PJ: What was the difference between training for the NFL combine and Pro Day?

David: The combine training is very specific. You know the position drills you will be doing. They’ve done the same drills for 20 years. You can train for these. Some argue that this is a good thing because you can take the results and compare them to guys from 10 or 20 years ago. At Pro Day, when it comes to position drills you don’t know what you’ll get. Coach Turley told us some (coaches) just like to work you until you drop. For Pro Day, you just have to be ready for anything.

PJ: How was your training for the combine and Pro Day different from how you train throughout the year?

David: During the year training is broken into four seasons. This training was like our spring training. It was about explosiveness, speed, and power. In the summer we do more conditioning to get our joints and muscles ready for the season. In-season we do maintenance and continue to do lifts and exercises to prevent injuries in games and practices.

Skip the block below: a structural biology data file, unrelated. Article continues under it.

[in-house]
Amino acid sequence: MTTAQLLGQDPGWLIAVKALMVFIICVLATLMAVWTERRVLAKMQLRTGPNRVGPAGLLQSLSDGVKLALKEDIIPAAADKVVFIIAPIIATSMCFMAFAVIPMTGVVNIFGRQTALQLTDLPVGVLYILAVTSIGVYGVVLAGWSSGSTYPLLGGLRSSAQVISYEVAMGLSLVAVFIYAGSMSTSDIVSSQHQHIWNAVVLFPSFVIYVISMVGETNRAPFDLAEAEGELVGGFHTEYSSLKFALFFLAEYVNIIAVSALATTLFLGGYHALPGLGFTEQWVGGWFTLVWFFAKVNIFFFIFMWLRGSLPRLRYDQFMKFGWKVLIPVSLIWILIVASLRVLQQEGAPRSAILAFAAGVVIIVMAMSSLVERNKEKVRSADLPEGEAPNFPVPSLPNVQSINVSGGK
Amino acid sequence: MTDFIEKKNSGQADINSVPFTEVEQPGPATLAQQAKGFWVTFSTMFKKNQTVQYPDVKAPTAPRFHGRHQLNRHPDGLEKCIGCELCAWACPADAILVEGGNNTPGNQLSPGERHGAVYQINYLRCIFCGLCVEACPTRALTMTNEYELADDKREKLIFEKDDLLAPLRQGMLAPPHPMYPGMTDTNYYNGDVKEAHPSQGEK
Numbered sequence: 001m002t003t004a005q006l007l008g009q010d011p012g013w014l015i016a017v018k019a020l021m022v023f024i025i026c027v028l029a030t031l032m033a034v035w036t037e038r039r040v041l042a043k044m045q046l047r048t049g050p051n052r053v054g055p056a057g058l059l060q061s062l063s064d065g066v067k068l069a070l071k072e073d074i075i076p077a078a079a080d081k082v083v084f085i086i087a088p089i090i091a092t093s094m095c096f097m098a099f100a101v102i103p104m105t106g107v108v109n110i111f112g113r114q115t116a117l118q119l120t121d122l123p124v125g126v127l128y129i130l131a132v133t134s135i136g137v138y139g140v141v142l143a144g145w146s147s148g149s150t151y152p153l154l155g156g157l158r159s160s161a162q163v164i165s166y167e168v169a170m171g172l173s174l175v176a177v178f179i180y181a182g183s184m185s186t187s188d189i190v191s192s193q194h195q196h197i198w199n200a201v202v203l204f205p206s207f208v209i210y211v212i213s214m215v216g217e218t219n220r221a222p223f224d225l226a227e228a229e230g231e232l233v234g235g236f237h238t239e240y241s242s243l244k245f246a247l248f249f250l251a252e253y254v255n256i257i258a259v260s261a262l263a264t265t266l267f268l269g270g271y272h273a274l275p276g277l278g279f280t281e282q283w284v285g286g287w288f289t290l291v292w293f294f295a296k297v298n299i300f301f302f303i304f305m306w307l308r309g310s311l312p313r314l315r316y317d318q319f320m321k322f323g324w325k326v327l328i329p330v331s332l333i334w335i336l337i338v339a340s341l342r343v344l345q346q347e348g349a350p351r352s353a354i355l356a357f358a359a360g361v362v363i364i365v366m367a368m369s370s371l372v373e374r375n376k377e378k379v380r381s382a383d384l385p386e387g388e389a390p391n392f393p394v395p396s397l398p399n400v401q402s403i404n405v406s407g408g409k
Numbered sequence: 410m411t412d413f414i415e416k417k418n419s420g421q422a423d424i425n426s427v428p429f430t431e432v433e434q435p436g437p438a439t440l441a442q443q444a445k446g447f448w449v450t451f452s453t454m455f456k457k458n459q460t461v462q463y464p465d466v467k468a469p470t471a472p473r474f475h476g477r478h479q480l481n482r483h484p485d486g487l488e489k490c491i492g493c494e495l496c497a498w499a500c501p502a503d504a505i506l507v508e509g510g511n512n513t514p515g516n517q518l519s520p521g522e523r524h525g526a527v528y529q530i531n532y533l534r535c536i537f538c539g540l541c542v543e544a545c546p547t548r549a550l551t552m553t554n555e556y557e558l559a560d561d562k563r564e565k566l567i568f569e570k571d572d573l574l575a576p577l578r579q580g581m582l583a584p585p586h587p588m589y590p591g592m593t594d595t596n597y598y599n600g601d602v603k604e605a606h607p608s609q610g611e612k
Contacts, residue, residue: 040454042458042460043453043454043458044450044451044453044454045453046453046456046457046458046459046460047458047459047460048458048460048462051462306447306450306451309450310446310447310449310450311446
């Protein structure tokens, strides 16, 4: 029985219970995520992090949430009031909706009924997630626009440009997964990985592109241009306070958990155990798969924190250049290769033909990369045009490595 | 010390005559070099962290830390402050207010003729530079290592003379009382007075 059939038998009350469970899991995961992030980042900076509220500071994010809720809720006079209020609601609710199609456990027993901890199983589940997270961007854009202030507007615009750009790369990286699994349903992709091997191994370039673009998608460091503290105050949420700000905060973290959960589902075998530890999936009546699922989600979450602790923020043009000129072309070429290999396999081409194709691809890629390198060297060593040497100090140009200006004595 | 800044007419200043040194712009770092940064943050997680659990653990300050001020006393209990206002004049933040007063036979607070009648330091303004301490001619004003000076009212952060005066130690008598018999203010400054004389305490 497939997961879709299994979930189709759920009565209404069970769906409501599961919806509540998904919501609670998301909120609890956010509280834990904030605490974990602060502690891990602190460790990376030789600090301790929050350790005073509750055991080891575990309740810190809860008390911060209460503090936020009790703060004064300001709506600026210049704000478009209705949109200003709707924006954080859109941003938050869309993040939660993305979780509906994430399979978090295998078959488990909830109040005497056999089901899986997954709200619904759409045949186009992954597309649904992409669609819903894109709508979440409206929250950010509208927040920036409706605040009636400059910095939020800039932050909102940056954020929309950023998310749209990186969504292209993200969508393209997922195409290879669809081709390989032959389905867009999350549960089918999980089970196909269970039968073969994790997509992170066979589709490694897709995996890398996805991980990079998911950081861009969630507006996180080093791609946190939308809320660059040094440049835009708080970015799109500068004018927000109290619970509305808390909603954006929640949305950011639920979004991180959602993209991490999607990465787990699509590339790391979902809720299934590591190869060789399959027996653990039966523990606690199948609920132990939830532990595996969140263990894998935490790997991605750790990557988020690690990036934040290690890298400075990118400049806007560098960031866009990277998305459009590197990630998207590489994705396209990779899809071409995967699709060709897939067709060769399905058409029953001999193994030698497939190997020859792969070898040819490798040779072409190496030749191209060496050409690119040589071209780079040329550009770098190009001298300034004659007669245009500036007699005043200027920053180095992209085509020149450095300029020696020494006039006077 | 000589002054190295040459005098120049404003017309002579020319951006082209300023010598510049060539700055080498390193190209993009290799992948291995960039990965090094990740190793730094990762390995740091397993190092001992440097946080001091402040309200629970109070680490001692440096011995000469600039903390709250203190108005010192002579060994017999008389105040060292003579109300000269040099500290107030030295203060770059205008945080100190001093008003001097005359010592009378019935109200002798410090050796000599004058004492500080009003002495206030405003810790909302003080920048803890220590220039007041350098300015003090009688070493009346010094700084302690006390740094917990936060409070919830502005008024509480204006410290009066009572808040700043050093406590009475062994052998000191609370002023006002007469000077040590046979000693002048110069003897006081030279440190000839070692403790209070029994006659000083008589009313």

Here, our favorite time is spring, as the sun is out more. It’s fun to run and lift. For my drills (at these events) my strategy on the 40 yard dash was to run a good 10 yard split. That’s what I focused on… as an inside linebacker the explosiveness was important for me.

PJ: So, break down your training.

David: Mondays and Thursdays we came in by 10am to lift for an hour and a half to an hour and 45 minutes. We were on the field and ready to run at noon for one hour to one and a half hours. On Monday we had speed-oriented runs. On Thursday they were lateral-based for drills. Tuesday was lifting. Wednesday was a day of recovery with the foam roller, yoga, and a cold tub.